The Indian Army During World War IІ

The Indian Army joined World War II in 1939, fighting on behalf of their colonial masters: the British. The army consisted of about 200,000 men and the army itself was classified as the largest volunteer army, although willingness to participate in the army is a controversial subject to this day. Regardless, the Indian army fought in Ethiopia, Libiya, Tunisia and Egypt. It was the Japanese army that most of the Indian army fought against.

Unfortunately, the war was as bloody as could be and resulted in huge losses to the Indian army as it formed a huge portion of the British army itself.

The Losses India Faced

Many Indian men and even women lost their lives as a result of participating in the war. Over 87,000 Indian servicemen died and thousands other were wounded. Many still became prisoners of war only to be executed at the hands of the British’s enemies. The Indian army was considered the backbone of the Britain’s war but in reality the war itself broke the backs of the Indians. However, many Indians also benefited from the war in different ways.

Benefits To The Indians

Participation in the war was not as simple as displaying heroism or any loyalty towards the British. The matter was much complicated than that. Many of the men who participated in the war, not just as soldiers but also as cooks, tailors and other service men, did so to earn bread and butter for their family. For Indians facing famines and exploitation at the hands of the British, enlistment in the army was one of the very few options the Indians had left to support their families. Hence, many did so out of necessity and even unwillingly at times.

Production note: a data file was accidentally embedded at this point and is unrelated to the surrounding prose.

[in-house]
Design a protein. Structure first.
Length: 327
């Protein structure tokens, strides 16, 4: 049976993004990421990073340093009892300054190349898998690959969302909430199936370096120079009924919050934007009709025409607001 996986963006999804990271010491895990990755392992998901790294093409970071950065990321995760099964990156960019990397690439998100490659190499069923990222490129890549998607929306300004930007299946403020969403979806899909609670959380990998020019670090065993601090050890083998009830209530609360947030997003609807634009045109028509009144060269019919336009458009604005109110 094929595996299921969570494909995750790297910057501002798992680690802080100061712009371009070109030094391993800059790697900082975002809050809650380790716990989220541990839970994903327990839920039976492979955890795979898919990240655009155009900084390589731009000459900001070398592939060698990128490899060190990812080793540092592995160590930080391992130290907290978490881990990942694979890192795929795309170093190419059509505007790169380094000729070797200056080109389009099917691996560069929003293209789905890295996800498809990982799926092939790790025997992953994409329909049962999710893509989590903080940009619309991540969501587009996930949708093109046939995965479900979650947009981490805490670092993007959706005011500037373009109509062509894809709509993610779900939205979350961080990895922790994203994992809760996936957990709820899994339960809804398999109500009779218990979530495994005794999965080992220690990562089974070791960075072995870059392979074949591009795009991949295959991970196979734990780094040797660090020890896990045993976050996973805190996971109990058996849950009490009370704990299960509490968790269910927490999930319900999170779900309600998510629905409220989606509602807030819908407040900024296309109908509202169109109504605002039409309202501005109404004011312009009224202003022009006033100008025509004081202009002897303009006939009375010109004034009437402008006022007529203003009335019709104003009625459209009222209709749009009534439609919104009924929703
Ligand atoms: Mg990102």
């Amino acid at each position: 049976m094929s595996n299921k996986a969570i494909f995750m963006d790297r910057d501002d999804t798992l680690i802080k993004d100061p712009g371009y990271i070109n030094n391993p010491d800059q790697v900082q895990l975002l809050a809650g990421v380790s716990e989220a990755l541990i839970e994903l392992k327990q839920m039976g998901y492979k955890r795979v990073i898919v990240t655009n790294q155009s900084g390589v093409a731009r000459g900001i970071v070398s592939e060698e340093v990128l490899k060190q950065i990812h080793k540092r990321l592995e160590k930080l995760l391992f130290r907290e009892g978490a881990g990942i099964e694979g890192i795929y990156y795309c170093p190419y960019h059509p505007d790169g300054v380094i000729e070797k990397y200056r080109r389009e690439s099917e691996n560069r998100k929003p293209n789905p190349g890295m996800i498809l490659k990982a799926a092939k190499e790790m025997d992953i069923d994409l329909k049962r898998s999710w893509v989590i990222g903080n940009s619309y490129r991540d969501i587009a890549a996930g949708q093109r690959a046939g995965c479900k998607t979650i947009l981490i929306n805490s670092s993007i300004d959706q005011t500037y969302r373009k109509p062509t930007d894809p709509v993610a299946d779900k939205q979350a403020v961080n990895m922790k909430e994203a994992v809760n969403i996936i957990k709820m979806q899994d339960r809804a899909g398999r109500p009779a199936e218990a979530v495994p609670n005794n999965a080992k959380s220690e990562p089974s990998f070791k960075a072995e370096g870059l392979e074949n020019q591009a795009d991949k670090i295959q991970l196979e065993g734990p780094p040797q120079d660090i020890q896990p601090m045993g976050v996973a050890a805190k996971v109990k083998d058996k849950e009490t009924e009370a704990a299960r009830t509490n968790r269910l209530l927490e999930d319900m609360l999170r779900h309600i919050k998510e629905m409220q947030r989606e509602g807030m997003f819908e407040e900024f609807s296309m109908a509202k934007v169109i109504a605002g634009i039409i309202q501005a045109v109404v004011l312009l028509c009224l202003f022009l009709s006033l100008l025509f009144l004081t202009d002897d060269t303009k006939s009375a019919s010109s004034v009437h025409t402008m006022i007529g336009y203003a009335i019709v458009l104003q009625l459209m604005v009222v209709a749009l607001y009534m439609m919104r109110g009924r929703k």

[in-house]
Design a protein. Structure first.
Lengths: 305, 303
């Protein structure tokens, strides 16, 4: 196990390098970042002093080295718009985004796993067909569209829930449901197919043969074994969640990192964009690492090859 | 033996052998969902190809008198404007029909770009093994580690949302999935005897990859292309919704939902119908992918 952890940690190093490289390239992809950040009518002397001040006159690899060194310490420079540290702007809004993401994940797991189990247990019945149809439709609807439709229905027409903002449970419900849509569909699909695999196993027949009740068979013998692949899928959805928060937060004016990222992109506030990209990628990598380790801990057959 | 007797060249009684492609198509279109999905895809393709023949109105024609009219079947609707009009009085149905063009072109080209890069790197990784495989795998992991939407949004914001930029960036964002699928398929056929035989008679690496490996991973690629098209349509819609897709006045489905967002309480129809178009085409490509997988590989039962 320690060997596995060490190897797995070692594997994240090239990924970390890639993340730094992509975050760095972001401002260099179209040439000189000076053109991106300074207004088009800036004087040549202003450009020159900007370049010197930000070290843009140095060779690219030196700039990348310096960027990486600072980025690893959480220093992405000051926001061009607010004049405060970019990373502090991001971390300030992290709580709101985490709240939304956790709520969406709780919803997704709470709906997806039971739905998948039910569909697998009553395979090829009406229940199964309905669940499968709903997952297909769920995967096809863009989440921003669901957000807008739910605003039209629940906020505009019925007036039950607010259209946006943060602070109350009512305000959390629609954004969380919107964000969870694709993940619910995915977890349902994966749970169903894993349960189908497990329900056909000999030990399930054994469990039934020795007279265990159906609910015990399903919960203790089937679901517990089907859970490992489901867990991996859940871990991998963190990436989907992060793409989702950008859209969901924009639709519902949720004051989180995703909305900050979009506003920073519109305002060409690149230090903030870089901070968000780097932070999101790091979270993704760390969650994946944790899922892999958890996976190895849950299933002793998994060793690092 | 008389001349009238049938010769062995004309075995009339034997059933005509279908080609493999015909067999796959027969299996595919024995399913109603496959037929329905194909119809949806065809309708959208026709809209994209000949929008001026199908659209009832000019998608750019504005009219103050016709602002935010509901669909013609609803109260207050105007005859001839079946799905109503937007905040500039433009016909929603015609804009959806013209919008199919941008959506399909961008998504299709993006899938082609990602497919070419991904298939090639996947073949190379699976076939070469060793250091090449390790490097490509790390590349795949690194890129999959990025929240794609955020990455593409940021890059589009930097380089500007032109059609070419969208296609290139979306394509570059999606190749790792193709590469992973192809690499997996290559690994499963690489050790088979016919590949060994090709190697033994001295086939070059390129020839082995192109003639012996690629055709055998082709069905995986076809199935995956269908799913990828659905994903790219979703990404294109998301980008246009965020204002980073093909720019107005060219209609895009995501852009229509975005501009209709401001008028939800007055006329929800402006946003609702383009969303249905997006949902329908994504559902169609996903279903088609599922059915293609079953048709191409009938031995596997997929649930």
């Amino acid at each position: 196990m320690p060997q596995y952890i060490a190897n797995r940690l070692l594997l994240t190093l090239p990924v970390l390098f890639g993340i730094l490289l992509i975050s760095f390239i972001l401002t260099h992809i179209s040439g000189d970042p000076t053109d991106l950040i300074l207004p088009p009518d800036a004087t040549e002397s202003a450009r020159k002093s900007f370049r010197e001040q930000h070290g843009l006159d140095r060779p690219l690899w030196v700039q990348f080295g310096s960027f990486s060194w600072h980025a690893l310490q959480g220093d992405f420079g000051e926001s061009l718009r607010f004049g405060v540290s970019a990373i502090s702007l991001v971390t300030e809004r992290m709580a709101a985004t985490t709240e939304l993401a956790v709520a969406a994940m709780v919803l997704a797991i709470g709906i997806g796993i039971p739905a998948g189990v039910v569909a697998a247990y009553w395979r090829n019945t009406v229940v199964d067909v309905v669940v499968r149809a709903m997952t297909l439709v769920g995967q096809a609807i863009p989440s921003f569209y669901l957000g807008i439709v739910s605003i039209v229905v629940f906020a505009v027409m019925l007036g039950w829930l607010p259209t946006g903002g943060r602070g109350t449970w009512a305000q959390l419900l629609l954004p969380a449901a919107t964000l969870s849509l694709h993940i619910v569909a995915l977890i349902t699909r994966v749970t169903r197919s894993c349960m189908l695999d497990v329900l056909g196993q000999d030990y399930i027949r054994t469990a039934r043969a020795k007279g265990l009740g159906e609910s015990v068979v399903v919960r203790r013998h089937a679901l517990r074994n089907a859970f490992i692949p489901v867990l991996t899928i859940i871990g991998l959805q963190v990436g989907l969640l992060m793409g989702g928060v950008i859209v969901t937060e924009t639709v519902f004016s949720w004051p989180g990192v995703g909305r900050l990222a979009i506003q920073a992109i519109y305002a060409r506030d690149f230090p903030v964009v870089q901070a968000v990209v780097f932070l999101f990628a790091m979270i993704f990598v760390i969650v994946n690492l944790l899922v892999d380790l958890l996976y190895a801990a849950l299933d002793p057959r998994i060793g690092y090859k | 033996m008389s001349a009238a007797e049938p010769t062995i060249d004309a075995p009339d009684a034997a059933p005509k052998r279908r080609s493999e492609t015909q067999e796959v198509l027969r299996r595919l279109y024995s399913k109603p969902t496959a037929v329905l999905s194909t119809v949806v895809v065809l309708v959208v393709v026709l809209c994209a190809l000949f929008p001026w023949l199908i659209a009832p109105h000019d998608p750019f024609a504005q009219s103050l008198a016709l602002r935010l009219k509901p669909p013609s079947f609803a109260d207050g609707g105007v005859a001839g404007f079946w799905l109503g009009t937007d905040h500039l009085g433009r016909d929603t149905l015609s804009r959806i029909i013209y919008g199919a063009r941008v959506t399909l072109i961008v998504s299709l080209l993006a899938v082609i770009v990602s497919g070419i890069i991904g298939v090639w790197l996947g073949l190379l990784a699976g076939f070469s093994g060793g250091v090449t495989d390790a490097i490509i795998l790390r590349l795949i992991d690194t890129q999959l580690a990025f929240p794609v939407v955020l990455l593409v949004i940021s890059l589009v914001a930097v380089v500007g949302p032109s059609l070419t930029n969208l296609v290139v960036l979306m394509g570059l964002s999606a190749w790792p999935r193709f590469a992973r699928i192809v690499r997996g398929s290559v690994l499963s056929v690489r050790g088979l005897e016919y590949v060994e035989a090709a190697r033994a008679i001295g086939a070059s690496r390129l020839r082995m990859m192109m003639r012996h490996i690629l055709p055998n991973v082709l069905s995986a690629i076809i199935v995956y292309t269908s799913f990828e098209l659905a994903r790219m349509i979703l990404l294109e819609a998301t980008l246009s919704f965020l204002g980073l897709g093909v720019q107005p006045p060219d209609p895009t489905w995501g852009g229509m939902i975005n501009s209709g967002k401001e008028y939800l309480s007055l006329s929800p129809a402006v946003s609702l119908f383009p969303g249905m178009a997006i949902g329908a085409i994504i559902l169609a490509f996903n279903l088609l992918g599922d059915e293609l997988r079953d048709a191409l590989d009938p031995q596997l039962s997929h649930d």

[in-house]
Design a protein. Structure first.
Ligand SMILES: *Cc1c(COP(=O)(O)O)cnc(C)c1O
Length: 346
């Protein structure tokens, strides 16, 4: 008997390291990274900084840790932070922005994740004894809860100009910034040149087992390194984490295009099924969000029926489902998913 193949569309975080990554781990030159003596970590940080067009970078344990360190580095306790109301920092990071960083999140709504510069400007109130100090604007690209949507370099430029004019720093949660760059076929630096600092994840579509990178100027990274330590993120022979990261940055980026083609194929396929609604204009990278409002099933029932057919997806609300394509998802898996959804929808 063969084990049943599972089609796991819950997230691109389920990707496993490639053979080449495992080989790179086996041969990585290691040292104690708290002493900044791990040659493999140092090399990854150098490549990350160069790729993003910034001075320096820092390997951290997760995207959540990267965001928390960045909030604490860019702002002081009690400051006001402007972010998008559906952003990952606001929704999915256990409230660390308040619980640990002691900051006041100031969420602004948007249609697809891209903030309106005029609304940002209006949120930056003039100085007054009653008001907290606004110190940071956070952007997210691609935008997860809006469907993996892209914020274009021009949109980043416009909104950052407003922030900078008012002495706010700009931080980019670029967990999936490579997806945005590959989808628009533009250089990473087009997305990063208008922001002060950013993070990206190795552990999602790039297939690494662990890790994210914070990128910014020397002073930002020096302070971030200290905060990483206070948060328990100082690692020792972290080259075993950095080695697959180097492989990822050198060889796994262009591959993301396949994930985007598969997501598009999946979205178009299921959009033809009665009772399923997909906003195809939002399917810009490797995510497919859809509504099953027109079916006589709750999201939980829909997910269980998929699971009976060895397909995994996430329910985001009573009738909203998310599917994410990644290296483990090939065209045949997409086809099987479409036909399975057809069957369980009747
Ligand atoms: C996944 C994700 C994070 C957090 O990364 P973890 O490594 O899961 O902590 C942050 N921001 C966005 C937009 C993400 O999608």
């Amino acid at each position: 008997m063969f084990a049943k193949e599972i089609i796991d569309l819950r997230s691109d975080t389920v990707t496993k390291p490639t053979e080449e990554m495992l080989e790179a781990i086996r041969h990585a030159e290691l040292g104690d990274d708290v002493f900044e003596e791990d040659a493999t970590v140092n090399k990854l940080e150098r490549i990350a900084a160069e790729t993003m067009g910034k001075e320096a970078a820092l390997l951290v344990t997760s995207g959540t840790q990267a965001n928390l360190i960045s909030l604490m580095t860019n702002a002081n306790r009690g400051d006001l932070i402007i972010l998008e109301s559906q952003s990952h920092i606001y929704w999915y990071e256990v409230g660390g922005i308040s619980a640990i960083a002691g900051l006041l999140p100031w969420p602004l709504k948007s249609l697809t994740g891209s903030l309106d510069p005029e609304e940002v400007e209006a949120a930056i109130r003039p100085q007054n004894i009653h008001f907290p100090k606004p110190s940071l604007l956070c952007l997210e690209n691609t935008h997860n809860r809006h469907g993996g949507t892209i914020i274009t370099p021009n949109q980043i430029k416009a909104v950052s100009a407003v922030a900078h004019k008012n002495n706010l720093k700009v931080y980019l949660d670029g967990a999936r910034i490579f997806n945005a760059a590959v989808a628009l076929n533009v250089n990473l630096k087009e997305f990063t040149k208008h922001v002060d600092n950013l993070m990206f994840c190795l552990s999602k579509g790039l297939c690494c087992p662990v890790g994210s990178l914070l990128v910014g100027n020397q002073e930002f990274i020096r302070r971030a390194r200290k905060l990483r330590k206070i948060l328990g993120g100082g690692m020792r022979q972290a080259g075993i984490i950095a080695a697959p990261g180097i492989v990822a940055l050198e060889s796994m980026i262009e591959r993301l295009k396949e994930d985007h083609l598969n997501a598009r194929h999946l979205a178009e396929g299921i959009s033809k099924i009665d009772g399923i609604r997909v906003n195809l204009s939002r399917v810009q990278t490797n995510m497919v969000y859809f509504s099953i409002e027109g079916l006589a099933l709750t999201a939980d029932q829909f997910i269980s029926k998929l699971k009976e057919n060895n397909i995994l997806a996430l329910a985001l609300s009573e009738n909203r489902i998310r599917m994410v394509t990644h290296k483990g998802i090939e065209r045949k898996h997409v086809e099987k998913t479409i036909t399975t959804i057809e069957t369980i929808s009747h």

Furthermore, it wasn’t just the poor that wanted to earn money. The social elite of the subcontinent also wanted their businesses to make profits. Thus, it wasn’t just a case of British exploitation or forceful participation in the war. Many men from the upper classes contributed to the war by supplying merchandise or fuel for the war only to reap as much benefit as they could from this battle between the super powers.

Therefore, a great numbers of Indians participated in World War II on behalf of Britian and lost their lives. Many also saw the benefit in participating and grabbed the opportunity with both hands. Thus, the Indians should be widely recognized for their significant participation in World War II.


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